2. Set aside some time (15-30 minutes) in the next two days to reflect on this question: “What has knowing God added to my life?”  Journal your thoughts or make a list of why God has been worth knowing and spend time praising Him for each reason.
    3. Pray and look for an opportunity to share one of the reasons on your list with an unbelieving friend this week.  Don’t force it; pray and watch for God to open up an opportunity.
  • Jul 11, 20211 Thessalonians 1:2-10 “The ART of Serving Together”
    Jul 11, 2021
    1 Thessalonians 1:2-10 “The ART of Serving Together”
    Scripture Passages: 1 Thessalonians 1:2-10 Message Title: The ART of Serving Together Thoughts for Reflection: Some of the most transformative experiences of my life have been while serving on mission trips.  There is something about the experience of solving problems and meeting needs in Jesus’ Name that brings you closer to both God and to those you are working with.  It doesn’t just have to be mission trips, though.  Helping a neighbor, serving in the community, or even assisting a random person while out running errands are all ways we can communicate the love of God through our actions. Serving together with others has an even greater impact.  It opens up opportunities to experience the love of God being shown to another.  This is a non-verbal and yet very tangible and practical way of communicating God’s love, mercy, and concern for others.  Engaging in service for someone with another person softens hearts and can open up opportunities for deeper spiritual conversations.  People rarely care how much you know until they know how much you care. Questions to take home:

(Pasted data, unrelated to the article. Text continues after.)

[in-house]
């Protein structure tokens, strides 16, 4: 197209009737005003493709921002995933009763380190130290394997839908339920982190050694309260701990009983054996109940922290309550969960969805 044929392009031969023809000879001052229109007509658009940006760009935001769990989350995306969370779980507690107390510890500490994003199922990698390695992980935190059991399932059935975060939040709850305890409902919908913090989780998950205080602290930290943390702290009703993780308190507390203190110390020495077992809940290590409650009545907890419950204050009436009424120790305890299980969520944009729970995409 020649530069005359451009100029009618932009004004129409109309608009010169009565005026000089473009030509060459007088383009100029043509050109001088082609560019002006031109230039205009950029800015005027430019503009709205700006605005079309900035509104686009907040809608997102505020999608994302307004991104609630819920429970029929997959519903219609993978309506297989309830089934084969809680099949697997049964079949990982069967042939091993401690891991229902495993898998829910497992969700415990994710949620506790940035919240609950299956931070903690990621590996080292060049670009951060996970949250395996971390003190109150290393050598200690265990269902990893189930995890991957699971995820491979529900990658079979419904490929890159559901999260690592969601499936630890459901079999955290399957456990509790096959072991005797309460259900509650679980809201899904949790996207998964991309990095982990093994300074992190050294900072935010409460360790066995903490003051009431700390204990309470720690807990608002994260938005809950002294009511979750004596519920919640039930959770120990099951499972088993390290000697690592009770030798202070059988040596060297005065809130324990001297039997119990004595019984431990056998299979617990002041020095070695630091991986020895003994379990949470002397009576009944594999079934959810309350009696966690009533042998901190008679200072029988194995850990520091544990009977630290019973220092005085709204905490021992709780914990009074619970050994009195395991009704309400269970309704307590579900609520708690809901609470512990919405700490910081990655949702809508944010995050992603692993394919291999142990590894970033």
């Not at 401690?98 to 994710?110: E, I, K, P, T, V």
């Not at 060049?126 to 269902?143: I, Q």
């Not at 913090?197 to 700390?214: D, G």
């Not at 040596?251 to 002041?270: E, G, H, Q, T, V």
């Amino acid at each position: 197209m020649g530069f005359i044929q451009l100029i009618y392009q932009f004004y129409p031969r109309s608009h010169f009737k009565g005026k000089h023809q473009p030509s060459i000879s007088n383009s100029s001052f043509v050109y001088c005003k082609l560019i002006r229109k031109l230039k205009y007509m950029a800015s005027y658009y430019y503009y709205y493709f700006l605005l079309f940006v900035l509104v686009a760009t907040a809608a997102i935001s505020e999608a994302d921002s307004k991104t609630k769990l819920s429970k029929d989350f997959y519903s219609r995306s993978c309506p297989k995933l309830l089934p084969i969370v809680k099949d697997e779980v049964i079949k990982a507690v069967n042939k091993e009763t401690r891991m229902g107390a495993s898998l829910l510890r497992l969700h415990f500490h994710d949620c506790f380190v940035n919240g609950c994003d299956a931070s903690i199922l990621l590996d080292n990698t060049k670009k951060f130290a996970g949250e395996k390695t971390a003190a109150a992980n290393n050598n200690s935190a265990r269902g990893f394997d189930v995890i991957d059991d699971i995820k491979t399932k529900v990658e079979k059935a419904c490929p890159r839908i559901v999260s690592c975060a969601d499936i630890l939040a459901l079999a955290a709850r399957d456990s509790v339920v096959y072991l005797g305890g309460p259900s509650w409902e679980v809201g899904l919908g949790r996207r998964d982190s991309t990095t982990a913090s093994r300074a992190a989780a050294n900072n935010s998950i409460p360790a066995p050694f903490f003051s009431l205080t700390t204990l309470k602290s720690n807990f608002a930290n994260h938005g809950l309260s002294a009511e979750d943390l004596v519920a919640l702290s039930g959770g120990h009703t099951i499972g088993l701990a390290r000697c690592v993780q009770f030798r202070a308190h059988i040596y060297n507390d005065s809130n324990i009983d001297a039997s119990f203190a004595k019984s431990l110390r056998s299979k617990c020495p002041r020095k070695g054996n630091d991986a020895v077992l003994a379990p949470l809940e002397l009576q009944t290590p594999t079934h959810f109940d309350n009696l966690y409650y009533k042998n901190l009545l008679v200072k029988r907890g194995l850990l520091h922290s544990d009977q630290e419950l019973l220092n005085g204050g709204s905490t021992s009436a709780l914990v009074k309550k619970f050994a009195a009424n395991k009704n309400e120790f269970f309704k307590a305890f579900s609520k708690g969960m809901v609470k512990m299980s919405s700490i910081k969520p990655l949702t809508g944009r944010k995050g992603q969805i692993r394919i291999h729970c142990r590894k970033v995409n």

1. Think of a time when you worked together with friends on a service project.  What impact did it have on you personally?  What impact did it have on the relationships with your friends?
    2. What are some of the barriers in your life to serving others (time, knowledge, confidence, etc.)?  What are some of the barriers that keep you from asking others to serve with you?  How can you begin to address these barriers this week?
    3. Identify a need in your own community, neighborhood, or workplace and ask someone you know there if they would help you meet that need.
  • Jun 27, 2021John 1:35-42a “The ART of Facilitating”
    Jun 27, 2021
    John 1:35-42a “The ART of Facilitating”
  • Jun 20, 2021Luke 15:1-7 “The ART of Welcoming”
    Jun 20, 2021
    Luke 15:1-7 “The ART of Welcoming”
    Scripture Passages: Luke 15:1-7 Message Title: “The ART of Welcoming” Thoughts for Reflection (A club for your “Evangelism Golf Bag”): “From now on, we no longer regard anyone from a worldly point of view.”  2 Corinthians 5:16 Have you ever had an experience where you felt an abundance of welcome and hospitality?  There are so many things that can help create this feeling.  Whether it is the physical space, the people that are hosting, or simply the overall feel of the event, welcoming people in any capacity takes some manner of thought, intentionality and effort.   Our Scripture today opens with Jesus spending time with some of society’s most disliked and rejected people.  They were drawn to Jesus because of His welcoming nature, much like the father of the prodigal son (a story later in Luke 15).  We often read this story and resonate with the run-away son; afterall, we are all sinful.  Have you ever put yourself in the place of the father though?  The man lost half of his possessions to his loser son, and yet welcomes him home again with open arms and a party!  Or… are we more like the older brother? Something to take home (Practice using the club):
    1. How was your preconceived understanding of hospitality confirmed or challenged through our Scripture and Message today?  What is God calling you to enact or adjust in your life in response to this?
    2. This week, practice welcoming at least one time in each of the three aspects of welcoming - in your face, in your space, and in your place.